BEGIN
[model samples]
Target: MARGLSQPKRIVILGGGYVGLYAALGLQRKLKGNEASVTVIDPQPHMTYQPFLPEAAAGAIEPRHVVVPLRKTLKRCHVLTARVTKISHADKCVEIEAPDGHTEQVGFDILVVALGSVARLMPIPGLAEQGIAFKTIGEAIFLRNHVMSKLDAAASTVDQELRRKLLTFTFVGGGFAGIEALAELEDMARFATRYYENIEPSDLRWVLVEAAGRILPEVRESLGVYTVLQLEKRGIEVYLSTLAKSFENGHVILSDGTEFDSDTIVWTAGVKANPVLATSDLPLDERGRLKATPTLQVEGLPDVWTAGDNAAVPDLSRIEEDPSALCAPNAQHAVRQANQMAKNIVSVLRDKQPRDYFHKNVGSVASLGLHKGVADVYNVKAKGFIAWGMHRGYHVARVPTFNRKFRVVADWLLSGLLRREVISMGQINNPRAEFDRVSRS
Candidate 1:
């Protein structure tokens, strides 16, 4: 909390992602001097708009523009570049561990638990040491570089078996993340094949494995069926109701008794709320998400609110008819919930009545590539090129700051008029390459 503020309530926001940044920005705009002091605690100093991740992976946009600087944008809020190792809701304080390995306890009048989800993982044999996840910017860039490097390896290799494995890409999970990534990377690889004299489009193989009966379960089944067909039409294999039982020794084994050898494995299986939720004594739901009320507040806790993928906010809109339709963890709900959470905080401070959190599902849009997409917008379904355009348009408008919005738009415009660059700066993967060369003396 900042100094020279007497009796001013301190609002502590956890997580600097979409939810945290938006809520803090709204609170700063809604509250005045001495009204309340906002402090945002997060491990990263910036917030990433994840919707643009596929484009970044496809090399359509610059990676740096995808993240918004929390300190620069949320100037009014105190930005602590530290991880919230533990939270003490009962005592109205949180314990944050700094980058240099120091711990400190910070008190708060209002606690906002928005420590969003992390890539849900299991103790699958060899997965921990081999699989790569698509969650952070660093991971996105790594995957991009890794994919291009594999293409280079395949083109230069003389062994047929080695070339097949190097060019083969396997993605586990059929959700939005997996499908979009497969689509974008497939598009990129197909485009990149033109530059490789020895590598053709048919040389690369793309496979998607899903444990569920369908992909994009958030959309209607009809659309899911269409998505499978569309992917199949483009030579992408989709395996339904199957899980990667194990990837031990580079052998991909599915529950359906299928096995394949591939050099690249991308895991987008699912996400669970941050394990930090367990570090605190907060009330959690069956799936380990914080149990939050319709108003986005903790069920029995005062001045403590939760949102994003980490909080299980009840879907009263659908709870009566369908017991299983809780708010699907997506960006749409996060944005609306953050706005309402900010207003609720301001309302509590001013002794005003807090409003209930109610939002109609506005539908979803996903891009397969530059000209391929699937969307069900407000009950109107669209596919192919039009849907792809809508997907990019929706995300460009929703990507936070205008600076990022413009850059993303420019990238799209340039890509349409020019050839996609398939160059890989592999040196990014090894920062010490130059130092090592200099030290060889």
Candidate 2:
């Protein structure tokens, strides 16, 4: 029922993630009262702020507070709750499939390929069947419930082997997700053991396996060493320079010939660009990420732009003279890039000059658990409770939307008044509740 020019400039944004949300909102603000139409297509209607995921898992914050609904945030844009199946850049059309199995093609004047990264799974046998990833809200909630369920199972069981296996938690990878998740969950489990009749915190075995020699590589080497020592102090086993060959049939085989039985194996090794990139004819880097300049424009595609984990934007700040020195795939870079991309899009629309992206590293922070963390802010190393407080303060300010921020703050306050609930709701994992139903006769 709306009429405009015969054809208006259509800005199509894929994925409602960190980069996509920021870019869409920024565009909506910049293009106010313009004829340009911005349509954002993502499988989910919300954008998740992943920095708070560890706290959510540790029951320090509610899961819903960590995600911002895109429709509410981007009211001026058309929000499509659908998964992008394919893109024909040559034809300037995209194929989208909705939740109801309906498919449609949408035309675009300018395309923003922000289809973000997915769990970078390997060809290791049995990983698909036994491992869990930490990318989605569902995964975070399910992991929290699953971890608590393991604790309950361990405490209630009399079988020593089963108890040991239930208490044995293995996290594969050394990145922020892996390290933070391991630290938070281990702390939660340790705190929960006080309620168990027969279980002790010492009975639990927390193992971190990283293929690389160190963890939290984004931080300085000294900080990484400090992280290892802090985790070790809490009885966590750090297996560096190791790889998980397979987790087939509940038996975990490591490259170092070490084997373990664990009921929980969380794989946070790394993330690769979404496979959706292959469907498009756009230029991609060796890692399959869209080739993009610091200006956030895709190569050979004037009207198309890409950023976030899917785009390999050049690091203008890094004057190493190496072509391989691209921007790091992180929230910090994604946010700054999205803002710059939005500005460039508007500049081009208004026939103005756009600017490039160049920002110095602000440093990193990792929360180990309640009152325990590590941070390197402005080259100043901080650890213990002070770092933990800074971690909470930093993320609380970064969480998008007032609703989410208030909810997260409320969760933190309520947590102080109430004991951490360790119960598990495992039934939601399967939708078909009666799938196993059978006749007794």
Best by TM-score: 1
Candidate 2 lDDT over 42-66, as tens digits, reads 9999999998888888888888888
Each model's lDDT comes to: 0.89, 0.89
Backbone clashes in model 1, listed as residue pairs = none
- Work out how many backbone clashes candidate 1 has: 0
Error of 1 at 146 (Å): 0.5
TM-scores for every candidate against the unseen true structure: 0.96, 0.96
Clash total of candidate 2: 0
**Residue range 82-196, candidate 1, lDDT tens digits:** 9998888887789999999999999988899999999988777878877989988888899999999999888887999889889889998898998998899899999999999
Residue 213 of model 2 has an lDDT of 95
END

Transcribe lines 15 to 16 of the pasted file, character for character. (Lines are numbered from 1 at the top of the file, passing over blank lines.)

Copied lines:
**Residue range 82-196, candidate 1, lDDT tens digits:** 9998888887789999999999999988899999999988777878877989988888899999999999888887999889889889998898998998899899999999999
Residue 213 of model 2 has an lDDT of 95